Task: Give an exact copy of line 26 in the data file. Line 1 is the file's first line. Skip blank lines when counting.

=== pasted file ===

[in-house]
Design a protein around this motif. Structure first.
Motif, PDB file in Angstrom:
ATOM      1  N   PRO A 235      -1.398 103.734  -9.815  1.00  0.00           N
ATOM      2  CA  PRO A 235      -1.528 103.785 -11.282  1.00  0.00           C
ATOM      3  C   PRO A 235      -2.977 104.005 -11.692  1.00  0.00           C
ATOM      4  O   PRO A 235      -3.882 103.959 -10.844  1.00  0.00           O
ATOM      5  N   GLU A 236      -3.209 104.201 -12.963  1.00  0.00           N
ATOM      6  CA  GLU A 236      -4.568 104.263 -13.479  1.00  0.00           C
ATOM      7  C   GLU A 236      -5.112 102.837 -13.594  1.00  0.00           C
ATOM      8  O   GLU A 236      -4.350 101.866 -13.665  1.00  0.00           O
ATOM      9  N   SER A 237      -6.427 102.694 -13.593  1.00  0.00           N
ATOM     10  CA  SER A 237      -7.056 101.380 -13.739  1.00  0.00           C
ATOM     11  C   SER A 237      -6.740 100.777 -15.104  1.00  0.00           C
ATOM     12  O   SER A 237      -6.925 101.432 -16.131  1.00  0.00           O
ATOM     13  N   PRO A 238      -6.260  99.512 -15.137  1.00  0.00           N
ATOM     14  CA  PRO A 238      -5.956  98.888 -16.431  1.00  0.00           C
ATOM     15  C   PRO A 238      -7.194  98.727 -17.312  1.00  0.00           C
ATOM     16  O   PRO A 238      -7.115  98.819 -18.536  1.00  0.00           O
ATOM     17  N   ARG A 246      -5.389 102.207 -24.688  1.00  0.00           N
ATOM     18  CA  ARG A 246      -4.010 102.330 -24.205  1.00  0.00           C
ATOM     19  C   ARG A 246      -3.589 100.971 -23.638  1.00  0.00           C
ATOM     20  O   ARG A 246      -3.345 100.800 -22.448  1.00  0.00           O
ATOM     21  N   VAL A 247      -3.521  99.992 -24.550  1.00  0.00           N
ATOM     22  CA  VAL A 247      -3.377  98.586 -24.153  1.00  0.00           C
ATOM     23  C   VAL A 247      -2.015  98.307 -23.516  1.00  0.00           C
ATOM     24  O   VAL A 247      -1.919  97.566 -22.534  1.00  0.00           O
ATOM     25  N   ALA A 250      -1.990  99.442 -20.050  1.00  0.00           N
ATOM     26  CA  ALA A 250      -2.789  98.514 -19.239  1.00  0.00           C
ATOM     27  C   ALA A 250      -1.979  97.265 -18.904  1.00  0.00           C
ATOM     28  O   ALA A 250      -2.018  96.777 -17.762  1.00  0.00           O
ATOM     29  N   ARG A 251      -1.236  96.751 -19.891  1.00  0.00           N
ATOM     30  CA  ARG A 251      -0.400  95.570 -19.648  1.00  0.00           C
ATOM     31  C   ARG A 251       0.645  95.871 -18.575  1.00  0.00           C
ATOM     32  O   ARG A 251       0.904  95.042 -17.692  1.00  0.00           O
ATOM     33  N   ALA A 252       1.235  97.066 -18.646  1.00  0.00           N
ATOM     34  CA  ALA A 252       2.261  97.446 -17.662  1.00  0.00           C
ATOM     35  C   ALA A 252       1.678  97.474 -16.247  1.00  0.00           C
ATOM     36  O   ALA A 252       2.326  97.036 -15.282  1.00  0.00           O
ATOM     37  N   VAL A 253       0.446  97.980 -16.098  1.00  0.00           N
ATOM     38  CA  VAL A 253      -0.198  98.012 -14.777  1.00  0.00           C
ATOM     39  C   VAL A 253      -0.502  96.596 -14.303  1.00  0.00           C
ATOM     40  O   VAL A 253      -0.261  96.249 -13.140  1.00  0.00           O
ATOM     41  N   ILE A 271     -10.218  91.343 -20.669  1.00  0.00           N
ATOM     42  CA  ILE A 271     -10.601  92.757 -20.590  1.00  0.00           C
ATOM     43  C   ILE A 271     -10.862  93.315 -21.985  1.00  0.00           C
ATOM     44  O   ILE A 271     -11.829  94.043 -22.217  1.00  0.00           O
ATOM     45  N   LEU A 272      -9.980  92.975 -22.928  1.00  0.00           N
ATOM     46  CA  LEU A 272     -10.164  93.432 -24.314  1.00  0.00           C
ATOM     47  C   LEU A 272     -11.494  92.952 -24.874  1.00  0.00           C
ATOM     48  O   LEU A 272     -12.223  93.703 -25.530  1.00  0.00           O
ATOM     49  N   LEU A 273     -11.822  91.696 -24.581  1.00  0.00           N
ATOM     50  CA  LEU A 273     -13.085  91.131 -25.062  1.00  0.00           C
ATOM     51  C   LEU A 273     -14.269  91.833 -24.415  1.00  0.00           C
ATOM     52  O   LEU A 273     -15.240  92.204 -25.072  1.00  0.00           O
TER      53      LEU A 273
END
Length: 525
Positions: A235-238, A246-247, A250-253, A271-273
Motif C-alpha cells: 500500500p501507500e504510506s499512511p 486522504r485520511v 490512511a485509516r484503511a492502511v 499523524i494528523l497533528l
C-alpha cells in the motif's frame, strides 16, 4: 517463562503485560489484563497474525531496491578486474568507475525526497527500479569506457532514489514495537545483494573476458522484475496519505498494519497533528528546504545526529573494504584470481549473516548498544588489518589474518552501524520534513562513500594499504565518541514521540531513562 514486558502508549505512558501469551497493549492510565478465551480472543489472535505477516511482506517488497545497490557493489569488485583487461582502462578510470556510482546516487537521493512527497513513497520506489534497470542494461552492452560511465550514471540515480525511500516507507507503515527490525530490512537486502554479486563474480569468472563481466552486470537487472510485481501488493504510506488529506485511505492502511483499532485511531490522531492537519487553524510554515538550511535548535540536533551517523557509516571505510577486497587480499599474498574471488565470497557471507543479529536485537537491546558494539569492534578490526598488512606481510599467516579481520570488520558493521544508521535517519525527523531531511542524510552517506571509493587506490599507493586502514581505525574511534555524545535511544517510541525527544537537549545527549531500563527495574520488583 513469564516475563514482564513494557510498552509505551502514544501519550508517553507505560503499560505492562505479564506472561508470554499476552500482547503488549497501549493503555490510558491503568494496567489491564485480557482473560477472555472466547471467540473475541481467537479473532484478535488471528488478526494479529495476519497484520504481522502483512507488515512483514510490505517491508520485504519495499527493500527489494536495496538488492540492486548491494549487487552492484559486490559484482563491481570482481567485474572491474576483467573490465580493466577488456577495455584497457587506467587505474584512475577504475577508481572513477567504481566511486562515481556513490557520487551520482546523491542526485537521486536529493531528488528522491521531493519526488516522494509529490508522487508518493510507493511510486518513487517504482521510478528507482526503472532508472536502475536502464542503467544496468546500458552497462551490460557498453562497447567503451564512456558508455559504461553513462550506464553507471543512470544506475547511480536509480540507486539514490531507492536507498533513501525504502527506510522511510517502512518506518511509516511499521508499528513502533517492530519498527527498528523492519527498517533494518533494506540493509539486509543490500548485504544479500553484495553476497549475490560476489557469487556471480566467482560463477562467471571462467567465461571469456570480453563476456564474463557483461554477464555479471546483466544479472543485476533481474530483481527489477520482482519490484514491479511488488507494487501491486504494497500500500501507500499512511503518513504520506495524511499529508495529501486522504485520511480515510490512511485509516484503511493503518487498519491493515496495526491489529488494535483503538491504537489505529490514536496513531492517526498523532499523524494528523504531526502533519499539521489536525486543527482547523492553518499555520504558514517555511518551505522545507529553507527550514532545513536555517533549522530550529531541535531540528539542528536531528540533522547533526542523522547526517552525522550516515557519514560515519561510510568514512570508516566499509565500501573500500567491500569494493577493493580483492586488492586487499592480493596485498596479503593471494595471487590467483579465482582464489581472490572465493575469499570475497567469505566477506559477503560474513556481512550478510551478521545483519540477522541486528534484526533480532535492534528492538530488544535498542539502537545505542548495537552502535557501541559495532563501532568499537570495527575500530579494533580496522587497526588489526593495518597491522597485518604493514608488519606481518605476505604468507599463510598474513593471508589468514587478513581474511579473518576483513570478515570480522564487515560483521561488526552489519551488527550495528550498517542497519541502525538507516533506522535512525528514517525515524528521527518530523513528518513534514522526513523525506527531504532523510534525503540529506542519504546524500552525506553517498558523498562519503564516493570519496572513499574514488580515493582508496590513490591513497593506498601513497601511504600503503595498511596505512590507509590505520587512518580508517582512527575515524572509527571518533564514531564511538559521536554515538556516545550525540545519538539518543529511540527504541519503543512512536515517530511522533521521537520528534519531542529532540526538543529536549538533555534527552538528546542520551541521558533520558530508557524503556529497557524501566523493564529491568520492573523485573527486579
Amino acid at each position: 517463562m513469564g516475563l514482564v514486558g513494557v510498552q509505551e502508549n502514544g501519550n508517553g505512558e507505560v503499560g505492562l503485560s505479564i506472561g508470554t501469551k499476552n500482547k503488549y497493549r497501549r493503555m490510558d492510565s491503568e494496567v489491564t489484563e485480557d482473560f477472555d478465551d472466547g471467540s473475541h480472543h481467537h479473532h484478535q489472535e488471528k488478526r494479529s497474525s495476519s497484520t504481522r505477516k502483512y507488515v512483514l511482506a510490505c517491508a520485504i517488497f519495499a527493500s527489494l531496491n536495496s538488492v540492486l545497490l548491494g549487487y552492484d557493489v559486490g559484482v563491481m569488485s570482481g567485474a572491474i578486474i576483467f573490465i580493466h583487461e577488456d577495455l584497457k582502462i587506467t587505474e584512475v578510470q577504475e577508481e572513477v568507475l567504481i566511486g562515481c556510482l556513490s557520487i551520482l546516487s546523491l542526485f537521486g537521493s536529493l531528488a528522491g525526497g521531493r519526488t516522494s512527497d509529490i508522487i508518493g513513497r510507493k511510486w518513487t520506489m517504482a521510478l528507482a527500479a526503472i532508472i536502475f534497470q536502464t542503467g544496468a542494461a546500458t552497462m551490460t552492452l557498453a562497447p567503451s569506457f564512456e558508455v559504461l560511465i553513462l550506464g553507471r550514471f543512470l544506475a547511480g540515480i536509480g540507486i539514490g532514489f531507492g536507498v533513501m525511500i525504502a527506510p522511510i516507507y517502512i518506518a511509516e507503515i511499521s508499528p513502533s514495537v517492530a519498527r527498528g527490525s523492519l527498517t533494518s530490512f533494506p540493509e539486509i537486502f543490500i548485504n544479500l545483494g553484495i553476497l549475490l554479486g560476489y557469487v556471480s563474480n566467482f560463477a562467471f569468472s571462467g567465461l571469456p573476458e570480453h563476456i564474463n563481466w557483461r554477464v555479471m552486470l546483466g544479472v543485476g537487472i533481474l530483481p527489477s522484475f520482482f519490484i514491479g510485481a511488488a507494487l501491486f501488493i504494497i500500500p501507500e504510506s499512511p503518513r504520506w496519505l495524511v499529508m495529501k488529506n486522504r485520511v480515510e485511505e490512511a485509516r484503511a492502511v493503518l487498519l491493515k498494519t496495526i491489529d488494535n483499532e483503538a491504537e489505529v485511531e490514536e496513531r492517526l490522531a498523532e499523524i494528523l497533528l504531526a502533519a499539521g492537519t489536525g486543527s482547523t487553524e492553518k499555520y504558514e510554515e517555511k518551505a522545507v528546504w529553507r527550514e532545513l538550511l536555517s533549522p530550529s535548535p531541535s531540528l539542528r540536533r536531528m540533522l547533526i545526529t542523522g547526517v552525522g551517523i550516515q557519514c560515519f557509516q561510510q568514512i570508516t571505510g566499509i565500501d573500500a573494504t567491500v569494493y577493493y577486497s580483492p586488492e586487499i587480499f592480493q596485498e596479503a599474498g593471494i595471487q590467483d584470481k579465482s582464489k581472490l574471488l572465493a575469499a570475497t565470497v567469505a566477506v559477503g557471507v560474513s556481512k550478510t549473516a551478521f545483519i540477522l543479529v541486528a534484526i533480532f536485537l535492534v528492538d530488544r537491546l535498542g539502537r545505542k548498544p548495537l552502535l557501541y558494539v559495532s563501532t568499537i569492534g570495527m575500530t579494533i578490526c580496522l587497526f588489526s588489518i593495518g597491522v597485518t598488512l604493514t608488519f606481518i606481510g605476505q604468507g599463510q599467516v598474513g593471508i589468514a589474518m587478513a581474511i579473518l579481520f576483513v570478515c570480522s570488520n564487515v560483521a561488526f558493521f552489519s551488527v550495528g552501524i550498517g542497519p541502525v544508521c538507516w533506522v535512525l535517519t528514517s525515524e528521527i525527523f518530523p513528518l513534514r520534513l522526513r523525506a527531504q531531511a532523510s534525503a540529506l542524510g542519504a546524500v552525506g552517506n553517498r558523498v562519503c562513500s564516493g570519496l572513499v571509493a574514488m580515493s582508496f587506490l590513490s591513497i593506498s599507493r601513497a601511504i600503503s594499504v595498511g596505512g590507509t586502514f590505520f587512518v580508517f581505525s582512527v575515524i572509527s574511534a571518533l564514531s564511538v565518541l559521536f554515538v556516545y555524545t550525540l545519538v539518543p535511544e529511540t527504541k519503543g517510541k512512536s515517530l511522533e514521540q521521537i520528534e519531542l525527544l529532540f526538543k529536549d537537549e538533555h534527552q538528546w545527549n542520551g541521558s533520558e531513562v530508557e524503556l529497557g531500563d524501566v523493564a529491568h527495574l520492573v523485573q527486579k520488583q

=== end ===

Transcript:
ATOM     23  C   VAL A 247      -2.015  98.307 -23.516  1.00  0.00           C